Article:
Objective: This study assessed the dietary quality of lunches and feeding practices (family-style service, teacher role modeling) in Connecticut child care centers and made comparisons by center participation in the federal Child and Adult Care Food Program (CACFP).
Design: Plate waste methods and visual observation of lunches served and consumed.
Setting: A total of 97 randomly selected licensed Connecticut child care centers (53 CACFP and 44 non-CACFP).
Participants: A total of 838 preschool-aged children.
Main Outcome Measures: Total energy intake, macronutrient intake, and intake by CACFP meal component as well as use of family-style dining, management of additional helpings, and whether and what teachers consumed in view of children.
Analysis: Child dietary intake at lunch was compared with dietary and CACFP recommendations using a mixed linear regression model.
Results: The CACFP centers were more likely to offer family-style service and have staff eat the same foods as the children. Children in non-CACFP centers consumed more saturated fat (4.1 vs 2.7 g; P < .001) and trans fats (0.1 vs 0.1 g; P = .02) and less milk (3.5 vs 2.7 oz; P < .001) than did children in CACFP centers. Caloric intake and dietary fiber were below recommendations in both groups. Participation in CACFP was a significant predictor of low-fat milk consumption.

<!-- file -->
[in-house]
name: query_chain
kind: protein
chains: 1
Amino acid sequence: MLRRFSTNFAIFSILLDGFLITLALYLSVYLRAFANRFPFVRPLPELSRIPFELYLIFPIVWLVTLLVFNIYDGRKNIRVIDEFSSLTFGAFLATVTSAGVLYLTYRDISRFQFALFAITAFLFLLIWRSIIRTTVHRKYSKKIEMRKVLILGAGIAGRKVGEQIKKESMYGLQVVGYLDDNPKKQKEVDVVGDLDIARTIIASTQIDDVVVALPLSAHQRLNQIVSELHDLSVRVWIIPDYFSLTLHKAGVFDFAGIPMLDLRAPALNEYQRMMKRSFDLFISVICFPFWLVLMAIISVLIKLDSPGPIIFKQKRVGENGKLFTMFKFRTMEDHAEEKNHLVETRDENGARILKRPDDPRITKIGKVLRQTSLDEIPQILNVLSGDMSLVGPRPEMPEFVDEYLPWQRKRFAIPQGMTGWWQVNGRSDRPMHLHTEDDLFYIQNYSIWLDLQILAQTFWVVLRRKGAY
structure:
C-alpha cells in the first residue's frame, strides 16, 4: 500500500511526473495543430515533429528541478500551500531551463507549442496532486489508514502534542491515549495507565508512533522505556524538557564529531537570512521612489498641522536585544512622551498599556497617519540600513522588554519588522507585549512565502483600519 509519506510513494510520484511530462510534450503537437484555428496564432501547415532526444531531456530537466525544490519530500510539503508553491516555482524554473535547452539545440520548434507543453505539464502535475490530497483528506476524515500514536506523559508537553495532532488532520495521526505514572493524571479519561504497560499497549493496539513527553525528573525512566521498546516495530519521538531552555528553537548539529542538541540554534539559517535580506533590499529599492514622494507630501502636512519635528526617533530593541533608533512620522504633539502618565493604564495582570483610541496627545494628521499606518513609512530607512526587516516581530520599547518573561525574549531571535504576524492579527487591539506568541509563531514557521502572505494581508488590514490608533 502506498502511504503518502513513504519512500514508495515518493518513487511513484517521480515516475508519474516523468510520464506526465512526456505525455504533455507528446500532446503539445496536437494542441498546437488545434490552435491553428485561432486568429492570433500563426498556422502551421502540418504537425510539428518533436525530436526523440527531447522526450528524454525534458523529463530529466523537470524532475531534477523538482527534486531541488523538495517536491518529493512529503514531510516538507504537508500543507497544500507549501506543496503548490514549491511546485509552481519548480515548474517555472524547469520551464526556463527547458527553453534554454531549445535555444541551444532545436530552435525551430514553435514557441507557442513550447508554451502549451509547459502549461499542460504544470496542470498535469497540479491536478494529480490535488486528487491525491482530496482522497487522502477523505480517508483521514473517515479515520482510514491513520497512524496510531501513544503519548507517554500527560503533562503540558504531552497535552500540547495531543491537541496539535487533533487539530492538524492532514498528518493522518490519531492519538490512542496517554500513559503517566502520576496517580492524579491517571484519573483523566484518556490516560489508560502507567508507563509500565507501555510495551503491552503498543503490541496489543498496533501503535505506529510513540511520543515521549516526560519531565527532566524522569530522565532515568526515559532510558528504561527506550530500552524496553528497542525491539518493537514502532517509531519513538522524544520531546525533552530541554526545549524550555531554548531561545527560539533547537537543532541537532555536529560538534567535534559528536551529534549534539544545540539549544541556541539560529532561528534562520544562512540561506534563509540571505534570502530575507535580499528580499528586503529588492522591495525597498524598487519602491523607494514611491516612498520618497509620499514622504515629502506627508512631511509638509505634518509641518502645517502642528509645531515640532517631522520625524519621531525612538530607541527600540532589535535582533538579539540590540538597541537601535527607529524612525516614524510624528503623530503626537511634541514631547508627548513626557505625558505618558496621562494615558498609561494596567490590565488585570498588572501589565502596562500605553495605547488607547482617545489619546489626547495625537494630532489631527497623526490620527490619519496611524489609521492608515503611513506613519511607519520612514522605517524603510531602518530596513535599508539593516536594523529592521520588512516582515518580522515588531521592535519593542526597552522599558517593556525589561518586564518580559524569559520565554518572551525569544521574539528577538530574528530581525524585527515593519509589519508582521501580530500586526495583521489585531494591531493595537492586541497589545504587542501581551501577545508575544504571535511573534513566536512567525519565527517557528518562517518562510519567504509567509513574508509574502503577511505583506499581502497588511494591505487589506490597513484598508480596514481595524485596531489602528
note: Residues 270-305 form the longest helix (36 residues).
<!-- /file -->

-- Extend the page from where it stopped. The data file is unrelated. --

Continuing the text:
Conclusions & Implications: The CACFP-participating centers confer some nutritional advantages in terms of provider behavior during meals, characteristics of food offerings, and child intake. Current feeding practices in child care settings require further exploration in the context of serving children at risk for food insecurity and in light of recent work on responsive feeding.
Andreyeva T, Kenney EL, O’Connell M, Sun X, Henderson KE. Predictors of Nutrition Quality in Early Child Education Settings in Connecticut. J Nutr Educ Behav. 2018 May;50(5):458-467. doi: 10.1016/j.jneb.2017.12.016. Epub 2018 Mar 1.